The problem is that recent scholarship has cast serious doubts on whether Palatucci actually did what he is revered for doing. Though documentation shows that he saved at least a few Jewish individuals, the figure of 5,000 that is usually cited for the number he rescued appears to be considerably inflated. And though it is commonly believed that the Nazis arrested him and sent  him to Dachau for saving Jews, this also does not appear to be the case — he was sent there, research indicates, for having been in touch with Allied forces.

“A growing chorus of historians and scholars,” Italian journalist Alessandra Farkas wrote recently in the Milan daily Corriere della Sera, say Palatucci “is nothing but a myth, a sensational fraud orchestrated by the alleged hero’s friends and relatives who claim he saved more than 5,000 Jews in a region where there lived fewer than half that number of Jews.”

The Primo Levi Center in New York organized a round-table discussion on the issue in April 2012. There, the former director of  the department of the righteous at Yad Vashem, Mordecai Paldiel, said  Palatucci had been recognized in 1990 as a Righteous Gentile for having helped save “just one woman” in 1940, and the commission had received no other information that he had saved others, though that might be possible. (The full round table can be viewed on line at:

In Italy, the Giovanni Palatucci Association angrily rejected the criticism. And, in an article in the Vatican's official newspaper, Italian-Jewish historian Anna Foa wrote thar more documentation and study were needed before Palatucci's actions were discredited.

But the ADL announced it this week it would remove Palatucci’s name from its Courageous Leadership Award to Italian and American law enforcement officers. And the Holocaust Memorial Museum in Washington is removing material on Palatucci from its exhibitions and web site. The Vatican is also said to be reviewing its recognition.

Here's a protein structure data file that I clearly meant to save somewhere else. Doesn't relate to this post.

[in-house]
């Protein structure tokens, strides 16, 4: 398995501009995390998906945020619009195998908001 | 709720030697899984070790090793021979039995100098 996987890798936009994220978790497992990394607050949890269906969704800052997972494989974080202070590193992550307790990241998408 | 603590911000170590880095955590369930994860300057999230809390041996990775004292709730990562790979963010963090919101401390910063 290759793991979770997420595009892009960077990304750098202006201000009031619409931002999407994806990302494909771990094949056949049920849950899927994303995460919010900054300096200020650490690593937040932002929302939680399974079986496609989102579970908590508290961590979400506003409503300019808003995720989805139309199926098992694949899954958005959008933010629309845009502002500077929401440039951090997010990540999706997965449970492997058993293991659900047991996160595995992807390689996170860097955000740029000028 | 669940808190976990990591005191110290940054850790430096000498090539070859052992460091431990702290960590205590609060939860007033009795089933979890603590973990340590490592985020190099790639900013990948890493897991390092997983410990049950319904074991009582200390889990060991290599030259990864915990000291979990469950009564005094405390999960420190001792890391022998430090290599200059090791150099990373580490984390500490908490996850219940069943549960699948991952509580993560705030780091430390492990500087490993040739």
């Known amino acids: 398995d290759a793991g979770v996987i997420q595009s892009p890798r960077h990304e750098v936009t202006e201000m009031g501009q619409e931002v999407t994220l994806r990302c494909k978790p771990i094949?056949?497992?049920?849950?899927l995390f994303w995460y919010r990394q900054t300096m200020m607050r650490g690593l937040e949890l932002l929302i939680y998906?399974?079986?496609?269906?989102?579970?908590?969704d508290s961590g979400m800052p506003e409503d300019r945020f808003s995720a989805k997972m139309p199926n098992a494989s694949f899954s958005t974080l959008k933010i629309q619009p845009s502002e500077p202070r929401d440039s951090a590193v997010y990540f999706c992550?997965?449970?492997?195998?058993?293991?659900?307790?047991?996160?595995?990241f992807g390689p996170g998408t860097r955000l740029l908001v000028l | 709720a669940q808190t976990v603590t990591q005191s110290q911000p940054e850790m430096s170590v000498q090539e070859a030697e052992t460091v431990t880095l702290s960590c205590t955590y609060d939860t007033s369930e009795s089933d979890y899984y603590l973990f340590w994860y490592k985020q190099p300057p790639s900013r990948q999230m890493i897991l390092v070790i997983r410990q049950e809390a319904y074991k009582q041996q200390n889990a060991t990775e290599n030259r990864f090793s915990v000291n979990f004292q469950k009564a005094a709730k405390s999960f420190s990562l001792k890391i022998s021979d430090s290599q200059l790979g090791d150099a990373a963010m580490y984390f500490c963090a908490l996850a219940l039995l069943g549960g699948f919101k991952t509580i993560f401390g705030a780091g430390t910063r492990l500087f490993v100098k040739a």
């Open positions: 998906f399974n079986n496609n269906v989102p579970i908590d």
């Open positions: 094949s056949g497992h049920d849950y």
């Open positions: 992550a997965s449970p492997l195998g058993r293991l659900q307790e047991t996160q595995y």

General view of Polino from above (in early spring).

The controversy dates back half a dozen years and more, as scholars for the first time began serious research on the history of rescuers .

“There is very little clarity on historical sources,” historian Marco Coslovich, who published a book in 2008 questioning the extent of Palatucci’s actions, said in an interview with the deputy director of the Primo Levi Center in 2010. “The Police archives have no records detailing what Palatucci has allegedly done to save thousands of Jews.”

Regardless of the facts — whatever they may be — Palatucci remains a beloved popular hero here, a potent  symbol of what Italians like to believe they are, or what they could – or should — be. 

This was strikingly evident Saturday in Polino at the dedication ceremony. Speeches held him up as an example of righteous — even saintly — Christian behavior.  And — like the plaque denoting the newly named piazza — honored him for “sacrificing his life to save thousands of Jews from deportation.” 

The mayor, in his red-white-and-green sash; regional police representatives; two priests, including a police chaplain, and other VIPS all took part. One of the words I heard them use most was “altruism” – a clear attempt to urge citizens to care for others, in a society where “family first” is often still a guiding principle.

In the end, I took part in the ceremony, too. 

No Jews live (or probably ever lived) in Polino; there are only about 30,000 or so Jews among Italy’s 60 million people. A representative of Italian Jewry had been invited, but could not come because it was Shabbat.

I was at the ceremony not because I’m a Jew, but because I'm a friend of the local artist who created the sculptural monument erected in the new piazza: a bust of Palatucci framed by a gate bearing the “arbeit macht frei” Nazi slogan.

Still, as the speeches went on, and the police band played, and the priests blessed the monument, it became clear to me that a Jewish voice was sorely lacking. I felt compelled to say something, amid all the high ideals and abstract discourse about “Jews,” their salvation and what that meant for Christian values.